In the early times of the Roman Republic, the congius was the usual measure of oil or wine which was, on certain occasions, distributed among the people; and thus congiarium became a name for liberal donations to the people, in general, whether consisting of oil, wine, grain, or money, or other things, while donations made to the soldiers were called donativa, though they were sometimes also termed congiaria.
Congiarium was, moreover, occasionally used simply to designate a present or a pension given by a person of high rank, or a prince, to his friends; and Fabius Maximus called the presents which Augustus made to his friends, on account of their smallness, heminaria, instead of congiaria, because hemina was only the twelfth part of a congius.
Tiberius gave a congiarium of 72½ denarii (300 sesterces) to each citizen. Caligula gave the same amount of three hundred sesterces on two occasions. Nero, whose congiaria were the earliest known examples represented on medals, gave four hundred.
Despite Trajan's financial success, his practice of giving extravagant congiaria to the people of Rome received severe condemnation. His first congiarium, in 99, was probably no larger than that of Nerva (75 denarii per person), but his second and third distributions of money, after each Dacian War, amounted to 650 denarii per person.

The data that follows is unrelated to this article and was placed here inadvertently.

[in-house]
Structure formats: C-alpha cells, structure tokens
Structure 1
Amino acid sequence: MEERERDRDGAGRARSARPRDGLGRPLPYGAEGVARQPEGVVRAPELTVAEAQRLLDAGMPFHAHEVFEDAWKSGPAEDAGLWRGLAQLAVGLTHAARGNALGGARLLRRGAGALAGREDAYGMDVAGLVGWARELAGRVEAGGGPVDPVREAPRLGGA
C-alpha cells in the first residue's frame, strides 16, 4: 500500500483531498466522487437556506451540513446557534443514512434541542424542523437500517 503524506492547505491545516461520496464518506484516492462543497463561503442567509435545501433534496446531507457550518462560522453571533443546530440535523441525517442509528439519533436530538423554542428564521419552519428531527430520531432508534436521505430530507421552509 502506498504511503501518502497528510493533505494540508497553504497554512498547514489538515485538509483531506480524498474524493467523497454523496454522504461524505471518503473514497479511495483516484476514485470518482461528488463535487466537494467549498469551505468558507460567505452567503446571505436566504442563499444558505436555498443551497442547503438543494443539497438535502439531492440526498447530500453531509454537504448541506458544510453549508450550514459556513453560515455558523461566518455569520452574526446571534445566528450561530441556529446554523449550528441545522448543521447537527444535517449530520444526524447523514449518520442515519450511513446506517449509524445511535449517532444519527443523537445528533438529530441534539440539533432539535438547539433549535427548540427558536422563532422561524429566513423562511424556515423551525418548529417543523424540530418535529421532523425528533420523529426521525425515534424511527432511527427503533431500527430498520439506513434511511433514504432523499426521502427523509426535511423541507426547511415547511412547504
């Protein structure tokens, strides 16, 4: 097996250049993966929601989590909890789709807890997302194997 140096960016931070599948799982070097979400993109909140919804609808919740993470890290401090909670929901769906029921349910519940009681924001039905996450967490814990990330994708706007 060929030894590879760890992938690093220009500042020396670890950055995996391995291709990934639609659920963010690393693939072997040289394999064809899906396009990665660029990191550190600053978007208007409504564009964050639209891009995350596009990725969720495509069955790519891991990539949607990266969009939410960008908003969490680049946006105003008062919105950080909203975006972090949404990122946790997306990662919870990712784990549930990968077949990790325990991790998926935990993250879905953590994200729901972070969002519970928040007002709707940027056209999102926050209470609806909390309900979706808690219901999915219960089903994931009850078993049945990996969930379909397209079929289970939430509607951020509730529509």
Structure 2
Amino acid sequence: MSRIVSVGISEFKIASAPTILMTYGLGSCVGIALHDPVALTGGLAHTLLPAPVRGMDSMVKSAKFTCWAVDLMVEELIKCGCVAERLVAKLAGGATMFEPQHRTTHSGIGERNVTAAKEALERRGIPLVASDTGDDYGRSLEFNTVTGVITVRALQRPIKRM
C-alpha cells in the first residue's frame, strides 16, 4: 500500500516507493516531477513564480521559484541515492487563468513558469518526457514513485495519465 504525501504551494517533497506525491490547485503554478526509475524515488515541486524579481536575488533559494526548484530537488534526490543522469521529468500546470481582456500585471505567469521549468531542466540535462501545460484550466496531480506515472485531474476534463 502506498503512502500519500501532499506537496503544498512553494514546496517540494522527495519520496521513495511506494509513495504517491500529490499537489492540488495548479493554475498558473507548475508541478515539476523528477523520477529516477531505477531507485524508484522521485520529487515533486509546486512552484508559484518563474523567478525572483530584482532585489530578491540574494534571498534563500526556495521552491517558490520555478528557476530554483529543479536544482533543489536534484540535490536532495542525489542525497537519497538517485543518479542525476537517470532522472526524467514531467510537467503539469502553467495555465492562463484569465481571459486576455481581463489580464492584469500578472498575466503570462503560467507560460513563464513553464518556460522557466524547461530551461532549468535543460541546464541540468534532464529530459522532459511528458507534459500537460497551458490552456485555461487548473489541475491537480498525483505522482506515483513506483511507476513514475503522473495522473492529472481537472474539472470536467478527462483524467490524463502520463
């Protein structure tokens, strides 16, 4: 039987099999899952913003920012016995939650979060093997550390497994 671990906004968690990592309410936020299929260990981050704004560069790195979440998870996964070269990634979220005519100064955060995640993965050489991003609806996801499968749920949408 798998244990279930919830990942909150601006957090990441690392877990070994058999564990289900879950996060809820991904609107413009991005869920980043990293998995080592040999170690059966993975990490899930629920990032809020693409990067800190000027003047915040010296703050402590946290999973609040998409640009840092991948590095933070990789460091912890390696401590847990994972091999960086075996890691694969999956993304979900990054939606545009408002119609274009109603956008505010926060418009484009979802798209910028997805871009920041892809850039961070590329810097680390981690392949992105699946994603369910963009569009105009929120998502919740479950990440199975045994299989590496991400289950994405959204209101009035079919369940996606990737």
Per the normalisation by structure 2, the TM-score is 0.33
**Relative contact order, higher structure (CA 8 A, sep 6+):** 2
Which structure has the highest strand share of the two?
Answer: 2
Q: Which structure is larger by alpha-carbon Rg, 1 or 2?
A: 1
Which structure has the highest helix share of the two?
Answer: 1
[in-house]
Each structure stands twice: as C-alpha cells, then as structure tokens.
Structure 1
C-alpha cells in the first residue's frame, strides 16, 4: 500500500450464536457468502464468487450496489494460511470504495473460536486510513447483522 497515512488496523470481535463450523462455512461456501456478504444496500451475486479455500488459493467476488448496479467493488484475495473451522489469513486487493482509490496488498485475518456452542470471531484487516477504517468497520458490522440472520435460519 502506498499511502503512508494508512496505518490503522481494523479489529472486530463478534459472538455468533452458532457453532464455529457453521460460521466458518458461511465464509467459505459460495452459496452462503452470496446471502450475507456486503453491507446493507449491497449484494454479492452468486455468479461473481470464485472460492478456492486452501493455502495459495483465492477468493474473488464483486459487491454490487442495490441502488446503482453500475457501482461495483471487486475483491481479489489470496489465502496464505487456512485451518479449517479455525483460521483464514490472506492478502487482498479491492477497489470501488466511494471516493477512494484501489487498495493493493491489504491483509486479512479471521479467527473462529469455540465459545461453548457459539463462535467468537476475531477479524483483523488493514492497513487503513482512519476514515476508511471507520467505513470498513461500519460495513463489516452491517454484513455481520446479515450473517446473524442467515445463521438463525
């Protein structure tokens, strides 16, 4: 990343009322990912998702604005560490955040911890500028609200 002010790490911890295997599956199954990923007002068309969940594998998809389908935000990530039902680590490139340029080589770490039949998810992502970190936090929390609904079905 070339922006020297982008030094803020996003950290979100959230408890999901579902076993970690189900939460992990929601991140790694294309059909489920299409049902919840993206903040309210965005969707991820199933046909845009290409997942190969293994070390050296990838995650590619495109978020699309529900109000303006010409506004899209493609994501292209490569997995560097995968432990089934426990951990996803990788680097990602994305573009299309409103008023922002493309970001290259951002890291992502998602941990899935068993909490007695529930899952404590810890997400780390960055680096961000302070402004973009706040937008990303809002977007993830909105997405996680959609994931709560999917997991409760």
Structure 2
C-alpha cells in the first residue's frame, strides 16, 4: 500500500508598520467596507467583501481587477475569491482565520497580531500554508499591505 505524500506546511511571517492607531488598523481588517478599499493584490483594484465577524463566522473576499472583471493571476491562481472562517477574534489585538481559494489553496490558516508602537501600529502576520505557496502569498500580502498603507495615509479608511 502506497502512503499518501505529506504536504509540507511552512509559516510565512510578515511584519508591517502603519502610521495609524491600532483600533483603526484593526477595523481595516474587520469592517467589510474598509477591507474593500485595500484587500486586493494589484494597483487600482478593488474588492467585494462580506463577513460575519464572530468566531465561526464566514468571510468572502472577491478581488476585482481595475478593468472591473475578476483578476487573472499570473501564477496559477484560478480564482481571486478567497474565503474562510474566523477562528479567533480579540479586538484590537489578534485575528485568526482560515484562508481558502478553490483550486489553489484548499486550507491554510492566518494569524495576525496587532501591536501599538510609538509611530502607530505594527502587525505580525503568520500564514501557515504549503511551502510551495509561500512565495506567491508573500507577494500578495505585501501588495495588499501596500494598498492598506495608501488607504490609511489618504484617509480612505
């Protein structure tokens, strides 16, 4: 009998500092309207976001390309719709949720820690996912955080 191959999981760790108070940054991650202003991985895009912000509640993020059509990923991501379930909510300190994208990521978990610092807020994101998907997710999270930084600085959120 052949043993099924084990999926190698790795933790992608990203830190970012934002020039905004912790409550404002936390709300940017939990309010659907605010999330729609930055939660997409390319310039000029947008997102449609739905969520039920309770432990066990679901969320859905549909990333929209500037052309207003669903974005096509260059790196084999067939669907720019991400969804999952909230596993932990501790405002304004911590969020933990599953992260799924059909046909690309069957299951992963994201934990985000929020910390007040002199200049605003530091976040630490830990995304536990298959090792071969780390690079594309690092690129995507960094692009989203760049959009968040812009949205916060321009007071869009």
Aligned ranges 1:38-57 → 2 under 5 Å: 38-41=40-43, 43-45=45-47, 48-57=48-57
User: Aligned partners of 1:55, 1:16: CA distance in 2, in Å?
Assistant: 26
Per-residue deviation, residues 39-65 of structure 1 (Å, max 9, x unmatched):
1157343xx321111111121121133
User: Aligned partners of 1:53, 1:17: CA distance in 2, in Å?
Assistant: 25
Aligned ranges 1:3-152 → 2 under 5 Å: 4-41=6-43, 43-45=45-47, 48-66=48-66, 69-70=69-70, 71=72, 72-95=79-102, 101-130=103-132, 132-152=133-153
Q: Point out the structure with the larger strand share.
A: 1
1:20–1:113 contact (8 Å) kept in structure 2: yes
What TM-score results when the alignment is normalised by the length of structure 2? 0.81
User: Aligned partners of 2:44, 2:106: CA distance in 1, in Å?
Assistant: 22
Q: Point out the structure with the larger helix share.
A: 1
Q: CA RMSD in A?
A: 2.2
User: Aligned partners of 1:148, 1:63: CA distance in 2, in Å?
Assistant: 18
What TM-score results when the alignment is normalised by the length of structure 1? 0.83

I consider it good policy that the prince did not neglect the theatre or the circus and arena, as he well knew that there are two things which the Roman applaud especially—the distribution of grain, and games. The neglect of the important thing [grains] causes great harm, of the frivolous thing [entertainment] greater hatred—the crowd hungering more for games than for bread, because by the gift to the people [congiarium] only those who are authorized to receive the grain will be gratified, while by the games the whole population is pacified.— Fronto, Princ. Hist., p. 249, ed. Barthold Georg Niebuhr.
- This article incorporates text from a publication now in the public domain: Smith, William, ed. (1870). Dictionary of Greek and Roman Antiquities. London: John Murray. Missing or empty
- This article incorporates text from a publication now in the public domain: Chambers, Ephraim, ed. (1728). Cyclopædia, or an Universal Dictionary of Arts and Sciences (1st ed.). James and John Knapton, et al. Missing or empty
- Bury, John Bagnell. The Student's Roman Empire. Harper. 1893. p 436.
- Ferdinand Gregorovius. ISBN 0790552280 The Emperor Hadrian. Macmillan. 1898. ISBN 0-7905-5228-0. p 214.